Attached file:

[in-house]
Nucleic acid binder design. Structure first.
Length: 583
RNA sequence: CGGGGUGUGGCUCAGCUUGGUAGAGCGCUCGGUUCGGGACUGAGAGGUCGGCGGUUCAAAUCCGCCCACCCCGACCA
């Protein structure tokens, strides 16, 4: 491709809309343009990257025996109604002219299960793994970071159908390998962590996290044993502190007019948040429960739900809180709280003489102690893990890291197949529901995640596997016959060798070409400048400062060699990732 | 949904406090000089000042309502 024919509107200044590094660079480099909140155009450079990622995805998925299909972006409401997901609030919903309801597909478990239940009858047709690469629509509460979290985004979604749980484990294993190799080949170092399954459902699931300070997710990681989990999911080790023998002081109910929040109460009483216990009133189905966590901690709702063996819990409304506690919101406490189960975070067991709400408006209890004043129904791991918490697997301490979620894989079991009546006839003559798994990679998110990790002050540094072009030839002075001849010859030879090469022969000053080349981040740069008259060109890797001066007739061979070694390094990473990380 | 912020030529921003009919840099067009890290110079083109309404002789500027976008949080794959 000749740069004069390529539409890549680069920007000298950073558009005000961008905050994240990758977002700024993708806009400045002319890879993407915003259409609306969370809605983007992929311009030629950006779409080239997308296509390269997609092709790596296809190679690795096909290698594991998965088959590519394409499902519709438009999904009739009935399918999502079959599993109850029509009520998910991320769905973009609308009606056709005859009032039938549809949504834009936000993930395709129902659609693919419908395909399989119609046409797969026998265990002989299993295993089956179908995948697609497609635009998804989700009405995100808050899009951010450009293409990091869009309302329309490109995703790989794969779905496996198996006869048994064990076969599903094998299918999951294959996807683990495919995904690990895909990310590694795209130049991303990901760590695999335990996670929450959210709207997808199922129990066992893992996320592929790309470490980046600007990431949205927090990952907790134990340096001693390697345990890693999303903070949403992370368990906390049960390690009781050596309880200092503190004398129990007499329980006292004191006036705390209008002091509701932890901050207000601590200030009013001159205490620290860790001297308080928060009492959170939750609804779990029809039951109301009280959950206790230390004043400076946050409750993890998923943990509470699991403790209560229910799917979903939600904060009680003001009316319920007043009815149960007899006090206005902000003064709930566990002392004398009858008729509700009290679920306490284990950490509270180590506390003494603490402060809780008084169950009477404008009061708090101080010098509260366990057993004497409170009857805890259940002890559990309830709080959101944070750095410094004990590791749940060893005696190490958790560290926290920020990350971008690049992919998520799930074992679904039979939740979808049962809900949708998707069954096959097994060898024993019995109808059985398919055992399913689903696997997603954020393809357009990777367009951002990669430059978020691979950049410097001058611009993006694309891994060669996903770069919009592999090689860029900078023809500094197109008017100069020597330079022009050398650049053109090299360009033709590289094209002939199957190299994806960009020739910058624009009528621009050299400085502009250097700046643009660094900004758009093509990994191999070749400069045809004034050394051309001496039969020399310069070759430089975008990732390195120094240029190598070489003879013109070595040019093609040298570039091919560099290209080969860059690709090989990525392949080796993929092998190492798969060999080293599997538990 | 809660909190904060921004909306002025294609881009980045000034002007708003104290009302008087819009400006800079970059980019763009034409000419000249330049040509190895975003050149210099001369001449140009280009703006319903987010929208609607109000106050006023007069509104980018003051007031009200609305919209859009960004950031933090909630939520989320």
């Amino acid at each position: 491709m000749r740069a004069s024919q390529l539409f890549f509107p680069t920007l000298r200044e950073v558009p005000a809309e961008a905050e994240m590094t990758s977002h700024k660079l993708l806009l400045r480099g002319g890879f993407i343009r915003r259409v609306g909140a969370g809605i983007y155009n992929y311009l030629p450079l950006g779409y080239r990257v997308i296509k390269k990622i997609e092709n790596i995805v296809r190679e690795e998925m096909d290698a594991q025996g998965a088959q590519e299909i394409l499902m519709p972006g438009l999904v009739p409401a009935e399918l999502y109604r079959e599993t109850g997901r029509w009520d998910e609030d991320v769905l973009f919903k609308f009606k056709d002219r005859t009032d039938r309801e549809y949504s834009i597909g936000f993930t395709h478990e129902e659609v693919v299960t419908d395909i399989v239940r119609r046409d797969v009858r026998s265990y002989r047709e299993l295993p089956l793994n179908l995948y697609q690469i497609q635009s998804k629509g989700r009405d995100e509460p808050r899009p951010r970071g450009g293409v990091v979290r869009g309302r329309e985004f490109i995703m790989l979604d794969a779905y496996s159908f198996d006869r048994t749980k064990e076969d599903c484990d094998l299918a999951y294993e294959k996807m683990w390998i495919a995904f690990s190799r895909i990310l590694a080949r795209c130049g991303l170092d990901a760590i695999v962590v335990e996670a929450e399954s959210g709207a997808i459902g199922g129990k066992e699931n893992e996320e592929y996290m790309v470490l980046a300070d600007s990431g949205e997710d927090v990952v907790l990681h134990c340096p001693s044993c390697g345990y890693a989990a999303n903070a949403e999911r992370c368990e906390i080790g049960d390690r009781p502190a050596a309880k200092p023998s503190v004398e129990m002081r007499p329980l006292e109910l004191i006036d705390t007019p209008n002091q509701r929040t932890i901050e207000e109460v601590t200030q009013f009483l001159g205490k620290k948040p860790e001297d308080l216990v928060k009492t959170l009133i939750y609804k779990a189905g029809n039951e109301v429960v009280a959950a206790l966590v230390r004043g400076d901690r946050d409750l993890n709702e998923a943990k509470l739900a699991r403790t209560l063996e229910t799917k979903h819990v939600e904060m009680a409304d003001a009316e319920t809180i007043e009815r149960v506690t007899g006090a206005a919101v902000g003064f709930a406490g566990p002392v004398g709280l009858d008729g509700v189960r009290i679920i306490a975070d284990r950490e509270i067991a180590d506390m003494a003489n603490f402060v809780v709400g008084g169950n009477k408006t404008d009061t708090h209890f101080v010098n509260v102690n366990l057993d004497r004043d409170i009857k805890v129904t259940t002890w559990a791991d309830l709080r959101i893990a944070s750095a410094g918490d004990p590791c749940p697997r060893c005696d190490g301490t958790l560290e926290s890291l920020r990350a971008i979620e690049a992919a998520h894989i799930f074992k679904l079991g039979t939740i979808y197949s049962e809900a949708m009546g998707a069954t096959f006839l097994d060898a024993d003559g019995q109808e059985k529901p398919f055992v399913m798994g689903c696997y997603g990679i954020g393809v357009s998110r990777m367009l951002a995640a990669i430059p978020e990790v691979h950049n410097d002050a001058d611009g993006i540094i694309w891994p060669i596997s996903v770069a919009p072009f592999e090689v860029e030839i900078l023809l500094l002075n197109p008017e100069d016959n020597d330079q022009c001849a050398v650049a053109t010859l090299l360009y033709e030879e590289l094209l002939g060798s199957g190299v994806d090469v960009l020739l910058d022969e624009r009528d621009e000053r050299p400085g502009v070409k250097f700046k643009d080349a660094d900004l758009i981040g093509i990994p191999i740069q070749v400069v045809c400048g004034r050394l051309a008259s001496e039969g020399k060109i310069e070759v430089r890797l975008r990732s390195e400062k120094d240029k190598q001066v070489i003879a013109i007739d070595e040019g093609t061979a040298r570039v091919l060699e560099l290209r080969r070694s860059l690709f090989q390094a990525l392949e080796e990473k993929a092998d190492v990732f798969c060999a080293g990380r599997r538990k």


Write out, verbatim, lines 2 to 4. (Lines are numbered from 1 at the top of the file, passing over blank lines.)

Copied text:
Nucleic acid binder design. Structure first.
Length: 583
RNA sequence: CGGGGUGUGGCUCAGCUUGGUAGAGCGCUCGGUUCGGGACUGAGAGGUCGGCGGUUCAAAUCCGCCCACCCCGACCA